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Broadcasters Must Step Up

January 29, 2018

Last summer WGC members fought alongside the Guild to have a flawed CRTC decision re: private broadcasters' minimum spending on Canadian programs sent back to the Commission for reconsideration — and met with success. And during the current CRTC license reconsideration the WGC argues that broadcasters must step up, not step away, from PNI.
The background: The CRTC, under former Chair Jean-Pierre Blais, had cut Bell, Corus and Rogers' spending requirements for "programs of national interest" (PNI) — the drama, animation, and documentary programming that WGC members primarily work in — down to “lowest common denominator” levels of 5% of broadcasters’ revenues. This was a massive cut for Bell and Corus, and put approximately $200 million in broadcaster PNI spending at risk over the five-year licence term. 
The WGC petitioned the federal Cabinet (as did other industry groups) to send the decision back to the CRTC, and the government agreed. Now the CRTC is now re-examining the matter. Broadcasters have made their views known and, unfortunately, they are still proposing PNI minimums at well below what they have historically spent — 6%, when Bell and Corus had been at 8% and 9% respectively. Not only that, but they’re asking for even more reductions in their obligations in exchange for their “offer,” like lower spending requirements on Canadian programming overall and lower minimums for independent production.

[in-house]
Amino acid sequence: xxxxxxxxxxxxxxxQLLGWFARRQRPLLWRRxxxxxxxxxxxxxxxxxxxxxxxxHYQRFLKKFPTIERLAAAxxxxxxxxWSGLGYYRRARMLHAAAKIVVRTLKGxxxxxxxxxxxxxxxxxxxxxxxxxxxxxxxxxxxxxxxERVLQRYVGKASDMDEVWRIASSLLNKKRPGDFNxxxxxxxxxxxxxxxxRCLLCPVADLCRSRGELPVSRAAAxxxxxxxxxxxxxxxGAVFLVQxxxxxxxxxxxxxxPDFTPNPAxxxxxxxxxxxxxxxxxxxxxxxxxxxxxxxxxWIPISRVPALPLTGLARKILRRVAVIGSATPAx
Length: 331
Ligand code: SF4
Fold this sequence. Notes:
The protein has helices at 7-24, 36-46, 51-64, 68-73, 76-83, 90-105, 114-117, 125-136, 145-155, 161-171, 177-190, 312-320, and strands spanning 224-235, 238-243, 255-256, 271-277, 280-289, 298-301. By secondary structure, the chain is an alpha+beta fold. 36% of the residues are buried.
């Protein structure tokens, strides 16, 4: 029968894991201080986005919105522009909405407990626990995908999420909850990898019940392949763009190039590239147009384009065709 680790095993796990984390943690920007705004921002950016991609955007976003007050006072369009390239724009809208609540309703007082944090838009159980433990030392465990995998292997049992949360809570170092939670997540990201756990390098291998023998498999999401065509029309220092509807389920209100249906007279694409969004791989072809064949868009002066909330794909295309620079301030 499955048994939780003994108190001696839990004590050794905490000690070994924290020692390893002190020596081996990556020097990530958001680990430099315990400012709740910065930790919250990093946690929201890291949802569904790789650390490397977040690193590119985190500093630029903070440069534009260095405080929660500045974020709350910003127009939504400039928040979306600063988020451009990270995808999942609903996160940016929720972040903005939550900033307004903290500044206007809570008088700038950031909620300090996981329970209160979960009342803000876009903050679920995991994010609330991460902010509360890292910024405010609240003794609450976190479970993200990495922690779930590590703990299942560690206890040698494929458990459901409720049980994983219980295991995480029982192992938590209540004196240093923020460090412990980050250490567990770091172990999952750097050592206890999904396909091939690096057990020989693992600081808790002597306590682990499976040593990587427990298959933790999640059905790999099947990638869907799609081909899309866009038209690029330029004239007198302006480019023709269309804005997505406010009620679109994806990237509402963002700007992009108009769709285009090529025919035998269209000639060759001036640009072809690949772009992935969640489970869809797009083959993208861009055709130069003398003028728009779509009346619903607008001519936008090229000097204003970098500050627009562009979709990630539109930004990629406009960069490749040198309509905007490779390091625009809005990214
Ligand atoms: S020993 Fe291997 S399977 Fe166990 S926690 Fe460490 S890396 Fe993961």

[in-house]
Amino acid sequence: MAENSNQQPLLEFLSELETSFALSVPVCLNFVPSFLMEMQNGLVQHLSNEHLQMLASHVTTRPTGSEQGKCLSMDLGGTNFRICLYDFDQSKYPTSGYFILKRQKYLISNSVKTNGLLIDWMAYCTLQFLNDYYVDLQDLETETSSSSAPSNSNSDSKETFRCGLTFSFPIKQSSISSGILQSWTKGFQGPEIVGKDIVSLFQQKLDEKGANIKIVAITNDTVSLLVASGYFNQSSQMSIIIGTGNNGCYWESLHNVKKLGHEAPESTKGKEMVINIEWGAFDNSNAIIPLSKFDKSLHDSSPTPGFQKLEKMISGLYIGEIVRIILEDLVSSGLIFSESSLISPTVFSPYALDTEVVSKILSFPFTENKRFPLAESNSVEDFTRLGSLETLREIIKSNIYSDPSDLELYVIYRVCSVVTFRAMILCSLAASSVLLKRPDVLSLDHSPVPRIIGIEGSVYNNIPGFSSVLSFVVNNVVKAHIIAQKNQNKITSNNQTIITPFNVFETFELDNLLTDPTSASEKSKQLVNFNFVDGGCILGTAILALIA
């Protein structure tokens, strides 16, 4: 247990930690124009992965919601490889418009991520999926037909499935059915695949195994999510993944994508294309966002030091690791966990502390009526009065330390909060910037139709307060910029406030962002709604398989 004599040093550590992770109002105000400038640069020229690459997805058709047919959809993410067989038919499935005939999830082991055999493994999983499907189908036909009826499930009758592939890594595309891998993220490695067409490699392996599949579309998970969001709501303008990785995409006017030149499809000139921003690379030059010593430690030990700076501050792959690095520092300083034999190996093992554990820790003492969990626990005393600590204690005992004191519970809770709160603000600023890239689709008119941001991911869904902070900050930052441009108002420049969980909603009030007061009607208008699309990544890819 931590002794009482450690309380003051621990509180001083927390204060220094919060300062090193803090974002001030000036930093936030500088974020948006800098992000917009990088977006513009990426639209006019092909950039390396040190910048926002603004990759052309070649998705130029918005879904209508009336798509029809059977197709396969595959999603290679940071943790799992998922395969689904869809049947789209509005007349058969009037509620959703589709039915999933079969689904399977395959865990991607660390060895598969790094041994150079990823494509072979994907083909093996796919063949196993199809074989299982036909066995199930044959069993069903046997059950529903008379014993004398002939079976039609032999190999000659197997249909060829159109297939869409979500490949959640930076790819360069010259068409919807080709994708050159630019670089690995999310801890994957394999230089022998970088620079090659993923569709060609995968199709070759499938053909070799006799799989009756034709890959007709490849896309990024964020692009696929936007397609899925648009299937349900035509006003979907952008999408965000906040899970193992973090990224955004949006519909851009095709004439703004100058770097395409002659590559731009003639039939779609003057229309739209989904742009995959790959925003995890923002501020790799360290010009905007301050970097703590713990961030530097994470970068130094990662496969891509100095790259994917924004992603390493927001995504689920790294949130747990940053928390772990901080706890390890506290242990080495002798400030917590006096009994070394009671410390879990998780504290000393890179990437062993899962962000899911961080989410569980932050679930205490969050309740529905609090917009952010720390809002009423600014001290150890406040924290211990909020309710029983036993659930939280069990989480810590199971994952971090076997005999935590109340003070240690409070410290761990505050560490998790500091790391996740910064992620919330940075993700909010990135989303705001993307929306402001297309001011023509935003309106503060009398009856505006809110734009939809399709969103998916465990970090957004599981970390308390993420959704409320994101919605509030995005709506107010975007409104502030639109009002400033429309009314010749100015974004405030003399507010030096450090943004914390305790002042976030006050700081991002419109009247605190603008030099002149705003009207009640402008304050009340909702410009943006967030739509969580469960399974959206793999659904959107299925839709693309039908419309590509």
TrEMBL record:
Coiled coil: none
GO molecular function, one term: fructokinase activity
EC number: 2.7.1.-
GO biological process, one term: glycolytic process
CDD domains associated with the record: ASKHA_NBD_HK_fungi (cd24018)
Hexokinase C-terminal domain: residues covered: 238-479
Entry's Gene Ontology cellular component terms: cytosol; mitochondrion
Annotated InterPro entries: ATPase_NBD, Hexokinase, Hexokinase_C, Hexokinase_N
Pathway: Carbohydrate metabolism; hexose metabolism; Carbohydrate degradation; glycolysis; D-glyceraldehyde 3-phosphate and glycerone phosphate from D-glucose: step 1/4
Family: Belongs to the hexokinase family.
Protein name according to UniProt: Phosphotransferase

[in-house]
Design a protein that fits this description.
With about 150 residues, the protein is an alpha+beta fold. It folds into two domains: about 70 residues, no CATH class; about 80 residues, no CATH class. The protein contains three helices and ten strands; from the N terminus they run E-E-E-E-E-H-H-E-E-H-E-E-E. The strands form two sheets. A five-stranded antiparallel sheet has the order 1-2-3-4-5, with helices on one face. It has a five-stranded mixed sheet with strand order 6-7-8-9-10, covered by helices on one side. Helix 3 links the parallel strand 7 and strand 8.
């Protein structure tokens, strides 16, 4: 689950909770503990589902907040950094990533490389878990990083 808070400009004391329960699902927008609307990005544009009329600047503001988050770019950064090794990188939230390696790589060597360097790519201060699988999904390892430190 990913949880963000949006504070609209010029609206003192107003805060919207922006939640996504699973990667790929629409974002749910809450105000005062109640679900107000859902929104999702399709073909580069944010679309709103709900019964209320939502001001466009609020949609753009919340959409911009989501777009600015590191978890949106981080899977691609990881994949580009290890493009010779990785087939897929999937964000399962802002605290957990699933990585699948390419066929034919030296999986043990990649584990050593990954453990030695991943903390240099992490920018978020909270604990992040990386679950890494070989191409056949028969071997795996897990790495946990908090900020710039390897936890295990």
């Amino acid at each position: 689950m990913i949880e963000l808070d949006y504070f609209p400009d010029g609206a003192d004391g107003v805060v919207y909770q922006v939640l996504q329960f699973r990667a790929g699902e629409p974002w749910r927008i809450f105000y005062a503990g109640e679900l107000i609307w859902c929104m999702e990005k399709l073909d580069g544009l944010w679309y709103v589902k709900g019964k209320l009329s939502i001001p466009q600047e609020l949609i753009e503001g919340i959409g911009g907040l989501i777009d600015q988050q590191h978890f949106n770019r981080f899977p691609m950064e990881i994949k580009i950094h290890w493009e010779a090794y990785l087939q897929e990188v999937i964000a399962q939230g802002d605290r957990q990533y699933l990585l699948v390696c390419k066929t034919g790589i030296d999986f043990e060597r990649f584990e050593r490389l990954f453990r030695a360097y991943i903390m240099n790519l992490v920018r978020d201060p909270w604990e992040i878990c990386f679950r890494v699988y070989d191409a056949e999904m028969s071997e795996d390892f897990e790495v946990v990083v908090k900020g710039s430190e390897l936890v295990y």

The WGC has submitted its comments to the CRTC, which you can read here, strenuously opposing the above proposals. The Guild argues that broadcasters must spend on PNI at their historical levels at least, and frankly should do more than that. Given the history of the PNI policy, as well as the broadcasting environment going forward, we’ve proposed that PNI minimums be increased from historical levels by 1% for each broadcast group. This would put Bell at 9%, Corus at 10%, and Rogers at 6%. 
The WGC's position is supported by detailed research, and rejects broadcasters’ attempts to gain “concessions” elsewhere in the policy framework, which are completely contrary to the spirit and intent of both the Minister’s vision for the sector, and the Cabinet order sending back the PNI issue to the CRTC for reconsideration. Canadian broadcasters must do more Canadian programming, not less, if they are to remain relevant in a digital world. The WGC is advocating that they do. 


Canadian Screenwriter spring 2018 is on newsstands now. View excerpts, and subscribe here.

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